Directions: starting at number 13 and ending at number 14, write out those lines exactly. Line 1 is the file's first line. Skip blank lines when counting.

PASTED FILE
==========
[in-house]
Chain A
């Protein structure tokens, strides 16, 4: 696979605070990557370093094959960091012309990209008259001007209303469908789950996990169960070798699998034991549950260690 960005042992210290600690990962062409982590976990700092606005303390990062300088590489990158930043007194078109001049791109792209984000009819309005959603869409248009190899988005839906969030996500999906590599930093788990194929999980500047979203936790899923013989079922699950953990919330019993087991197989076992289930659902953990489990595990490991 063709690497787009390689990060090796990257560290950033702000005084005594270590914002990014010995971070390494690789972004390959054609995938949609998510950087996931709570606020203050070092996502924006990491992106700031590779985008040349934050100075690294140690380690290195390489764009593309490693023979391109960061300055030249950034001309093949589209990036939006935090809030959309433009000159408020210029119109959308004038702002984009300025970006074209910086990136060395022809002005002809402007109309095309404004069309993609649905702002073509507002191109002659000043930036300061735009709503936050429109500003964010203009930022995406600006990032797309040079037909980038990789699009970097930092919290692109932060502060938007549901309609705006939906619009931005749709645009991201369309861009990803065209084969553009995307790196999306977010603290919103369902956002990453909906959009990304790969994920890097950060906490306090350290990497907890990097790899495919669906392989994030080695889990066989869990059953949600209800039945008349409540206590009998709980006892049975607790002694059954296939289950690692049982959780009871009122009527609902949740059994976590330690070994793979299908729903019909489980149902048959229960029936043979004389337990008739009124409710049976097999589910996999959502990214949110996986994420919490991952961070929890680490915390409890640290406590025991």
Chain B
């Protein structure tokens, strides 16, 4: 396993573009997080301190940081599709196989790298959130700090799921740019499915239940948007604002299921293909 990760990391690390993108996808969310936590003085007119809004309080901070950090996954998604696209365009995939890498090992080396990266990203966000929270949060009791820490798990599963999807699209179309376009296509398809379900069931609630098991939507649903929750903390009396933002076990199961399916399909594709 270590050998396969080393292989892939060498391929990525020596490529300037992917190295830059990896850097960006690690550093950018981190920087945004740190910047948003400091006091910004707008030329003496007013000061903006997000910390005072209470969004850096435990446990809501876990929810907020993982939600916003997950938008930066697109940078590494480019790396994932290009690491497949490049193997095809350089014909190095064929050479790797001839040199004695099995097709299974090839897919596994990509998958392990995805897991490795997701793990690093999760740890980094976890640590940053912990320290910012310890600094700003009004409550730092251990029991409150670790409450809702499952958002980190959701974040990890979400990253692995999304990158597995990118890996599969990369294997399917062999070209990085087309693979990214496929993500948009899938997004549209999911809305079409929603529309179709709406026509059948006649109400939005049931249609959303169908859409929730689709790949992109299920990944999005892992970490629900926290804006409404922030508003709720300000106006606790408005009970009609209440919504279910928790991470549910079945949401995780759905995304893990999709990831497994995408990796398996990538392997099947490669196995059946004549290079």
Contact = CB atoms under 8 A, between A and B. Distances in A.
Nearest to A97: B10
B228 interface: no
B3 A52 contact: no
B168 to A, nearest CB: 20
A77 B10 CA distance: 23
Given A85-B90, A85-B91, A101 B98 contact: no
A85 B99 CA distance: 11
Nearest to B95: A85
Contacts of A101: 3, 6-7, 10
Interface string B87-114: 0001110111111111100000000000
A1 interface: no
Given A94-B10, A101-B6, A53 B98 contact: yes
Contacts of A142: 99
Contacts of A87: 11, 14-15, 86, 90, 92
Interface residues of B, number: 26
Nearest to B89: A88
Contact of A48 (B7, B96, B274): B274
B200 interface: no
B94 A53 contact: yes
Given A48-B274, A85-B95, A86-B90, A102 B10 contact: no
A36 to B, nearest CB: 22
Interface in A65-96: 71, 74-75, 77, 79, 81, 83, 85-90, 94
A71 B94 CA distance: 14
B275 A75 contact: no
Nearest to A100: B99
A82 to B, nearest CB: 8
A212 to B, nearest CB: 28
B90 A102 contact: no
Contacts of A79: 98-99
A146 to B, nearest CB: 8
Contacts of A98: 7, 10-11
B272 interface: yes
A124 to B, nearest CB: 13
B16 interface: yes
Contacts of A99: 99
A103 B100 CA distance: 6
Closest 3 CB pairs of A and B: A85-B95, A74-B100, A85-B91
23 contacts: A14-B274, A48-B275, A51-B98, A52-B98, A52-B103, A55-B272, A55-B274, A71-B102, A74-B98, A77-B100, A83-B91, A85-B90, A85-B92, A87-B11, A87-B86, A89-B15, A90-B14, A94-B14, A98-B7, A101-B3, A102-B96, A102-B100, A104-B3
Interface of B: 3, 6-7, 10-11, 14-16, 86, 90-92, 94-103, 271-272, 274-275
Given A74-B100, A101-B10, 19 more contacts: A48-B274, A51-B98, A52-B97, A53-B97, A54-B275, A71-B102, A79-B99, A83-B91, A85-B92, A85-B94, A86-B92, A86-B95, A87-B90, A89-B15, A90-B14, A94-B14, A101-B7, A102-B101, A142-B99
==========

A85 B99 CA distance: 11
Nearest to B95: A85